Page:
Is a city more than just the sum of its streets? In her new book Infinite City: A San Francisco Atlas, Rebecca Solnit reinvents the traditional atlas and provides a revelatory reworking of the notion of place.
Roaming the streets of her native San Francisco, Solnit takes themes such as history, culture, politics, counterculture, film, nature, murder, and blues clubs, and presents 22 rich and colorful maps that show a familiar city in ways never before seen.
Solnit, the author of 13 books on subjects that range from the history of walking to the life of 19th-century photographer Eadward Muybridge, gives a free talk on Tuesday, February 28, 2012 , at 6:30 p.m. in the Central Library, 14 W. 10th. RSVP online  to attend.
Infinite City is the product of 30 writers, artists, and cartographers, and, frankly, we’ve never seen a book quite like it.
One of the maps compares the locations of queer public spaces with butterfly habitats. Another juxtaposes the routes of migrating salmon in Bay Area rivers with the spread of Soto Buddhism in the city. (Visit her website  to view more.)
The maps are accompanied by essays that delve into the landscape through the lives and perspectives of the inhabitants.
Spending time with this quirky and inspiring book gave us the idea: What if there were an “infinite” atlas of Kansas City?
Infinite KC Reader Contest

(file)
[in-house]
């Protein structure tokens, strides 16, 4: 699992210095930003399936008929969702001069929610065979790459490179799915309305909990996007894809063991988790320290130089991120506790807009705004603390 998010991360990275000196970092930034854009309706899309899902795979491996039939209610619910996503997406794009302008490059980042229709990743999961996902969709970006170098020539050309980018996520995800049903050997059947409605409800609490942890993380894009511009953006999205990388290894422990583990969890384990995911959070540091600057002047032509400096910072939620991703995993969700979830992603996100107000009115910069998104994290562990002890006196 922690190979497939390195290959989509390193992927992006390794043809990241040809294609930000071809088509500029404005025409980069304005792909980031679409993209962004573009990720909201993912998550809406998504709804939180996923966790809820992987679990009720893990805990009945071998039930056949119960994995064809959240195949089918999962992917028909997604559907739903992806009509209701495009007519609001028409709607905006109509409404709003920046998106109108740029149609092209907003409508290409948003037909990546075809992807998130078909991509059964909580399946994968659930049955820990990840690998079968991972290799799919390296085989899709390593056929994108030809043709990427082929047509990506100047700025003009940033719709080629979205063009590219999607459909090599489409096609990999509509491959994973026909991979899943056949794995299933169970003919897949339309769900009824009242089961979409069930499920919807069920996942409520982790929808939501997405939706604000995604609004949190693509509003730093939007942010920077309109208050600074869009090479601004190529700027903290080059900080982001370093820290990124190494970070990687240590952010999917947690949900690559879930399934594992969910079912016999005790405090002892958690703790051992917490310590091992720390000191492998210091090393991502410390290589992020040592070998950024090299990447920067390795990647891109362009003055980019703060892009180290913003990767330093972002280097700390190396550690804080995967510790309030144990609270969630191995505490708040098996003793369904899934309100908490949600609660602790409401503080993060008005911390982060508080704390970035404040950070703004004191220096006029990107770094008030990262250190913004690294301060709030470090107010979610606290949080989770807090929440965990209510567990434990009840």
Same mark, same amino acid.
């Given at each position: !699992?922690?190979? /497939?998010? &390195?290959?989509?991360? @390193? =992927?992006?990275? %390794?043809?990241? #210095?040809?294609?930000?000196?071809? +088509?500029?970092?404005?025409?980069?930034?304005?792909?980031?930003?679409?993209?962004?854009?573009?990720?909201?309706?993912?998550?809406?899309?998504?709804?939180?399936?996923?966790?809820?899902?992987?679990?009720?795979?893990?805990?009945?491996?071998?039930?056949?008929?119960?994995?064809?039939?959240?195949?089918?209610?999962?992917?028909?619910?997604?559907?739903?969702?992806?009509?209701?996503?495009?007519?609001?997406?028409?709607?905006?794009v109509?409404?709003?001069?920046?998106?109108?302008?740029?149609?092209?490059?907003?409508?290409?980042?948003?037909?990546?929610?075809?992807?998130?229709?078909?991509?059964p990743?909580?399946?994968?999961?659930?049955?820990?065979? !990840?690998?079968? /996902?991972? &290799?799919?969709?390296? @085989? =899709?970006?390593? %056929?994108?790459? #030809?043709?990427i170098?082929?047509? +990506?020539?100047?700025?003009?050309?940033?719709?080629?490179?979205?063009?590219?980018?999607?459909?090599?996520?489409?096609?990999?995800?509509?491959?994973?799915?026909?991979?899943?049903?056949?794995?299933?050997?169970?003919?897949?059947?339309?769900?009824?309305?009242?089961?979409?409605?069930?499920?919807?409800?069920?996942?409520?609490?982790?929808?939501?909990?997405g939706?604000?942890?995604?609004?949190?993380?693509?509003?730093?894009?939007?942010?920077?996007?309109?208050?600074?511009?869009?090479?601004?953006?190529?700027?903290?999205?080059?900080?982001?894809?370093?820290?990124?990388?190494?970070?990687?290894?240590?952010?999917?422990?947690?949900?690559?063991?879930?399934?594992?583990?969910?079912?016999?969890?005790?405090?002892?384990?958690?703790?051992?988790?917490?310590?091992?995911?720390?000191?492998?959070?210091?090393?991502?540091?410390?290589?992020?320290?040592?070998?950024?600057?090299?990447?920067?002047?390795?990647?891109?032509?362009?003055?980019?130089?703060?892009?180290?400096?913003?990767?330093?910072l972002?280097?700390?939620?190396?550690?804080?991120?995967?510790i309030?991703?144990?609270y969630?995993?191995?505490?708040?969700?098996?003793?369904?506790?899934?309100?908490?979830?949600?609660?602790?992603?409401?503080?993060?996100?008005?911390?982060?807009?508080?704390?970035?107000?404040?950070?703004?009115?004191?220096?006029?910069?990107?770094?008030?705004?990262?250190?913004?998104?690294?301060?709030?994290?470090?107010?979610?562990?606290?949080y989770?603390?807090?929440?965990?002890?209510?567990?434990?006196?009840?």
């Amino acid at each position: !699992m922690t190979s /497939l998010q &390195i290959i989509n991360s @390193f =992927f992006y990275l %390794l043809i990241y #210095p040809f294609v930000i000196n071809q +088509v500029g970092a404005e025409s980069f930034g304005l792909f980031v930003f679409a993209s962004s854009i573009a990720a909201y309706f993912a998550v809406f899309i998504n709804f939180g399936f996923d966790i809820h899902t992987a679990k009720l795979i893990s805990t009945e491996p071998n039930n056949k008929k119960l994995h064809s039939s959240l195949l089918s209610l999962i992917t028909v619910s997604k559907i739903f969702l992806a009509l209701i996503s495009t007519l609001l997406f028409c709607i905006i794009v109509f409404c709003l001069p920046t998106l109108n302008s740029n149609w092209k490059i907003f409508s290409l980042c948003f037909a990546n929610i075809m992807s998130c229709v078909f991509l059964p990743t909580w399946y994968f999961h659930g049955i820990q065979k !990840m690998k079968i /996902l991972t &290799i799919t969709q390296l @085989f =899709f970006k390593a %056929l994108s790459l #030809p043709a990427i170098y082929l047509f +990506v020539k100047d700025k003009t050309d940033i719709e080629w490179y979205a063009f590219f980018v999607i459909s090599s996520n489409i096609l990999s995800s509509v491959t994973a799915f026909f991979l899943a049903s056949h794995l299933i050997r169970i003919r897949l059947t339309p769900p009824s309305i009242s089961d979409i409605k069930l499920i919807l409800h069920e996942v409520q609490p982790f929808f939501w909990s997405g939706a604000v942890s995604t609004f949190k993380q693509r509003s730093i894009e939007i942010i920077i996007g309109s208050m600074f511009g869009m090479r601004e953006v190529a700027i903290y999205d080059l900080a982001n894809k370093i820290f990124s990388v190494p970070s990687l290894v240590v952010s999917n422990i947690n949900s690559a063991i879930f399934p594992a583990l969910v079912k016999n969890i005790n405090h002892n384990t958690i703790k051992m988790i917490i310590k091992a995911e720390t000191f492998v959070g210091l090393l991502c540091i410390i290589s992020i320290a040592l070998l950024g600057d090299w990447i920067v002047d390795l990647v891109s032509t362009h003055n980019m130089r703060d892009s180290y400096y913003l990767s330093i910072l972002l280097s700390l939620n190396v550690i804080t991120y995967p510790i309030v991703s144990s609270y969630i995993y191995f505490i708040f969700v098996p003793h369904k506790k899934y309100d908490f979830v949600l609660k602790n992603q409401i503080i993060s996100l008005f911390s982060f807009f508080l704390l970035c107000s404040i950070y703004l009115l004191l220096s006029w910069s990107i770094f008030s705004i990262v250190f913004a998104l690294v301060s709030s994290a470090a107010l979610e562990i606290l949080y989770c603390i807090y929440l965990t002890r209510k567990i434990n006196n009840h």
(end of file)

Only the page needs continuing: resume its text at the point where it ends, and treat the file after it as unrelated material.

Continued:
To celebrate Rebecca Solnit’s arrival, we are going to give away a signed copy of Infinite City, plus a vintage Kansas City map from the Gallup Map Co. of Kansas City.
Here’s how to enter...
1) Think about the people, places, and stories that make up Kansas City’s unique character. They could be parks, fountains, jazz clubs, barbecue joints, or past events, such as concerts  or gangland killings . Include your own perspective, too, things about KC that you connect with that are part of the overall cultural terrain.
What would be on the map? What theme would tie it all together?
- Perhaps you could make a “Pouring Out One for Pendergast” map of all the illegal distilleries that thrived during Prohibition, when Tom Pendergast was boss of the town.
- Or maybe a map called “Painting the Town” of artists’ residences and galleries compared with coffee shops and nightclubs where they hang out.
Get as creative and off the wall as you want. Originality is what we’re looking for.
2) Enter our contest by posting a short description of your map – or, if you’re feeling artistic, the map itself – on our Facebook Wall at facebook.com/kclibrary . You can also send us your idea via Twitter: @KCLibrary  (hashtag: #infiniteKC). Feel free to post your map idea to your own blog, if you have one. Just be sure to tweet us the link or post it on our Facebook page.
Deadline: Noon, February, 28, 2012.
All ideas will be judged by Eli Paul, director of the Missouri Valley Special Collections, and the winner will be announced online and in person when Rebecca Solnit speaks at the Central Library at 6:30 p.m. on the 28th.
If you’re looking for inspiration, take a peek at some digitized maps from the Missouri Valley Room at kchistory.org .
About the Author
Jason Harper  is the web content developer and social media manager at the Kansas City Public Library.